As a multi-racial girl growing up in the time and place that I did, the feeling of belonging was something I struggled with deeply and continuously. For me it went beyond the sense of isolation that most kids experience at some point or another. It was a biological certainty that my DNA meant that I would never belong anywhere, not even with my own parents. This feeling of fundamental disconnection forged the core of my purpose: to increase true belonging, acceptance, and community in the world, and to decrease isolation, conformity, and separation. This purpose guides how I raise my children, how I operate in the entertainment industry, how I engage in my community.


While my purpose won’t change anytime soon, my living vision is more fluid and changing. It’s basically a document that describes my vision for all areas of my life–career, creativity, family, marriage, spirituality. It’s a specific, 5 sense picture of how I want to experience life moment to moment, day to day, across the various domains of my life.


What’s really behind the living vision is a sense of agency. A feeling that I can make my life whatever I want it to be, so why not design it on purpose? It makes me feel powerfully creative and in charge. Like the boss lady of my own life.


Pillar #3: Practice


The essence of practice boils down to choosing to invest in 2 things: habit over motivation, and growth over perfectionism.

Choose habit over motivation, growth over perfectionism. Click To Tweet


I’m so over striving. I was a striver for a long time. I lived with a vague sense of anxiety underlying all of my experiences, the feeling that I should somehow be better or further along. It’s bullshit, mama. It’s the Koolaid of the Ivy League.


Practice means movement, perfection means stagnation. Practice means that dissatisfaction & happiness can co-exist, that I can be happily, blissfully, gratefully dissatisfied. The commitment to a practice-based mindset as opposed to a perfection-based mindset allows for contradiction, layers, complexity, humanity. It allows me to love where I am at the same time that I am working to deepen my marriage, develop more patience, and expand my creative expression. It is bigger than striving, bigger than waiting for inspiration, bigger than setting goals and benchmarks.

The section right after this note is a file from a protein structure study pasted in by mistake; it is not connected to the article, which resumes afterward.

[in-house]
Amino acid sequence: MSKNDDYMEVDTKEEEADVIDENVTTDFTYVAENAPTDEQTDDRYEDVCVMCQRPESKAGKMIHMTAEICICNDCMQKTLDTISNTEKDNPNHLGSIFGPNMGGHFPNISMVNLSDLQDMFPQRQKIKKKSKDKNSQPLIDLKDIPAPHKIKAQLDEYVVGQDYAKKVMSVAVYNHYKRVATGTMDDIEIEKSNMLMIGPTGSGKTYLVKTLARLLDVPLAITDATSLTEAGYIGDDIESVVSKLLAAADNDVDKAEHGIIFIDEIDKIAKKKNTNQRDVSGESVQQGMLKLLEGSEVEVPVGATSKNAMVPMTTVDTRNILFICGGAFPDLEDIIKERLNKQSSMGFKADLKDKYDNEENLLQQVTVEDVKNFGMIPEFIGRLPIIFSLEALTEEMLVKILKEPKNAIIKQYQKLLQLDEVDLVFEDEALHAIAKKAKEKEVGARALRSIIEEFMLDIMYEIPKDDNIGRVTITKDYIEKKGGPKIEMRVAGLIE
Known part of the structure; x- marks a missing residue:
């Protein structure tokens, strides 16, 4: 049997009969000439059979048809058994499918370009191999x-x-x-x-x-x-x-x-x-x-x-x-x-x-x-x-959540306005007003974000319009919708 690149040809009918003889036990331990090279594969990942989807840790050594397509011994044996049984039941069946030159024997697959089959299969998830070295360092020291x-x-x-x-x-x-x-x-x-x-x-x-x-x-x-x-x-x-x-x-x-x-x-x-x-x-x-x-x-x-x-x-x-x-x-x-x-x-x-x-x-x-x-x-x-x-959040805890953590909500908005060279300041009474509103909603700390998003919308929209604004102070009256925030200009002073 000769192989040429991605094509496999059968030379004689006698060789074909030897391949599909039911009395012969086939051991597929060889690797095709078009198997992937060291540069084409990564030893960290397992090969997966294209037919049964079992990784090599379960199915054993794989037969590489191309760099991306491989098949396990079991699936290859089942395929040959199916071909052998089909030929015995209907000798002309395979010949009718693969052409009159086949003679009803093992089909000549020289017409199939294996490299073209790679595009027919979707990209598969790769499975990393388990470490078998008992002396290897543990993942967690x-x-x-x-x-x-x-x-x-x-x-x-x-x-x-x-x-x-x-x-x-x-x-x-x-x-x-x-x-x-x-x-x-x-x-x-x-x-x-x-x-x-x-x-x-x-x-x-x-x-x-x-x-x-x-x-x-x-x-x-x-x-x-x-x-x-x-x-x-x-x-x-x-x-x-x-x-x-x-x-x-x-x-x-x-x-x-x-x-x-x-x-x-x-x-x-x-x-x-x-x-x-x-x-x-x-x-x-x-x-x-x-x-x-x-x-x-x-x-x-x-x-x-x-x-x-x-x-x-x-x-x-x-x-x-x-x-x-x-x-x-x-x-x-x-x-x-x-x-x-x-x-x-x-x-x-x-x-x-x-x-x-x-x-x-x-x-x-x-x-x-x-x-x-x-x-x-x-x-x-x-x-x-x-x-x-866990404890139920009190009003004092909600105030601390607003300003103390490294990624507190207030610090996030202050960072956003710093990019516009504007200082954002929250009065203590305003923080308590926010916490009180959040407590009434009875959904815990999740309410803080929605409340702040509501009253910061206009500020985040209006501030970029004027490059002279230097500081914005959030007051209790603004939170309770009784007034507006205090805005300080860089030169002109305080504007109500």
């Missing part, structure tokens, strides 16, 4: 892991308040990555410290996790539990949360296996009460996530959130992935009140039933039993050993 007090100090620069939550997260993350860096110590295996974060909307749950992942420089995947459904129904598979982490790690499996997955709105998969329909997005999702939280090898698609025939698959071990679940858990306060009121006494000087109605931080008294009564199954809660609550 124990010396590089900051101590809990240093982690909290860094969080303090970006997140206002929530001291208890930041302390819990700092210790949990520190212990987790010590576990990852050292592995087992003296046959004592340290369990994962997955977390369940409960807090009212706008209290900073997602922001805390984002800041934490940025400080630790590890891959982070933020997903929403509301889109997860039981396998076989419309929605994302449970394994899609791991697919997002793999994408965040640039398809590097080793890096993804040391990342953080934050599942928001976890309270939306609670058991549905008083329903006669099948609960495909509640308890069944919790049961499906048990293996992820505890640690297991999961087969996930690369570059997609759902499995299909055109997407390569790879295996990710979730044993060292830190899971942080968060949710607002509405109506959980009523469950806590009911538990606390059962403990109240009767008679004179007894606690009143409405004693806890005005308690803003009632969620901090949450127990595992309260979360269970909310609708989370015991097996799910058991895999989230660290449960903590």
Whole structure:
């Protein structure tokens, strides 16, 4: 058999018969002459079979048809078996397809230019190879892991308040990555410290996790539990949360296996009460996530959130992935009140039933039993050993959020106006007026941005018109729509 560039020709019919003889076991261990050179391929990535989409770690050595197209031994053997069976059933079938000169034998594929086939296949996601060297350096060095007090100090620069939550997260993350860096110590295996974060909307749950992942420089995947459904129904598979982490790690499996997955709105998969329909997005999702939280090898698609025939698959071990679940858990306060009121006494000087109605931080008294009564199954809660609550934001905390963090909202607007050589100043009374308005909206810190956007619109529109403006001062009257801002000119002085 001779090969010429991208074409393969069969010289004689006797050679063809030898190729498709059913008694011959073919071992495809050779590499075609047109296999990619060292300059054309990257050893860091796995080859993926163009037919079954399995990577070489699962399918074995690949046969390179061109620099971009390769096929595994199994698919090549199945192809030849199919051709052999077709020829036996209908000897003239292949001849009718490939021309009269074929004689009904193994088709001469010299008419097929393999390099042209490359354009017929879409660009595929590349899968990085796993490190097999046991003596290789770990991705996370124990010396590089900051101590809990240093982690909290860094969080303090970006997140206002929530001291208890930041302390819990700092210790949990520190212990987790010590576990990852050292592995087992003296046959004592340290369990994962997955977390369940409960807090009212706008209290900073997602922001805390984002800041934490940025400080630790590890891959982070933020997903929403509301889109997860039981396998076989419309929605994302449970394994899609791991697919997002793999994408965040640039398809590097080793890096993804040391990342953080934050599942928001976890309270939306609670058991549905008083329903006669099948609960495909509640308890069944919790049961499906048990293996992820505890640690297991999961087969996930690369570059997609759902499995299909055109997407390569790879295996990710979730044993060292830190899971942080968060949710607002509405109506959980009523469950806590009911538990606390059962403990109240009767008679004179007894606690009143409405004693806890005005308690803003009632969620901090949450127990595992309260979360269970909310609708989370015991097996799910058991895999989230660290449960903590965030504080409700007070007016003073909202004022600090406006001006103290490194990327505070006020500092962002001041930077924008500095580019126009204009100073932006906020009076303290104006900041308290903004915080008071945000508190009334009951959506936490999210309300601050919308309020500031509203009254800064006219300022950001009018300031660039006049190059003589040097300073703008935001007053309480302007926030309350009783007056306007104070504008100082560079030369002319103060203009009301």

Practice allows. Practice accepts. Practice does not wait to be motivated. Practice is. Practice does. Practice means I can fuck up and succeed at the same time, and I’m all in favor of that.



I hope that’s a more complete answer to “How do you do it?” than I was able to provide to the poor moms I recently met. What are your foundational pillars that support your ability to thrive? How do you do it, mama? Share in the comments here on the blog or in the TMA Facebook group.




September Meet Up: Producer Stefanie Huie

At our Mama Meet Up in September we had the great fortune of chatting with Independent Producer Stefanie Huie.


As an independent producer, Stefanie develops projects for film and television. She currently working on a film adaptation of the novel Belle Epoque and TV pilot Beast Mode. Stefanie also worked for the Sundance Institute as the Outreach Consultant for the Sundance Writer and Director Labs.  Before that, she worked as Senior VP of Feature Films at Icon Productions, Mel Gibson’s production company. She started her career at Creative Artists Agency after receiving her degree in Political Science from Stanford University.


In addition to her career achievements, she is the mom of two children–her daughter just started kindergarten and her son is a pre-schooler! She was still working at Icon when her daughter was born, and she shared what it was like working in a studio environment as a mom versus the more flexible world of independent producing.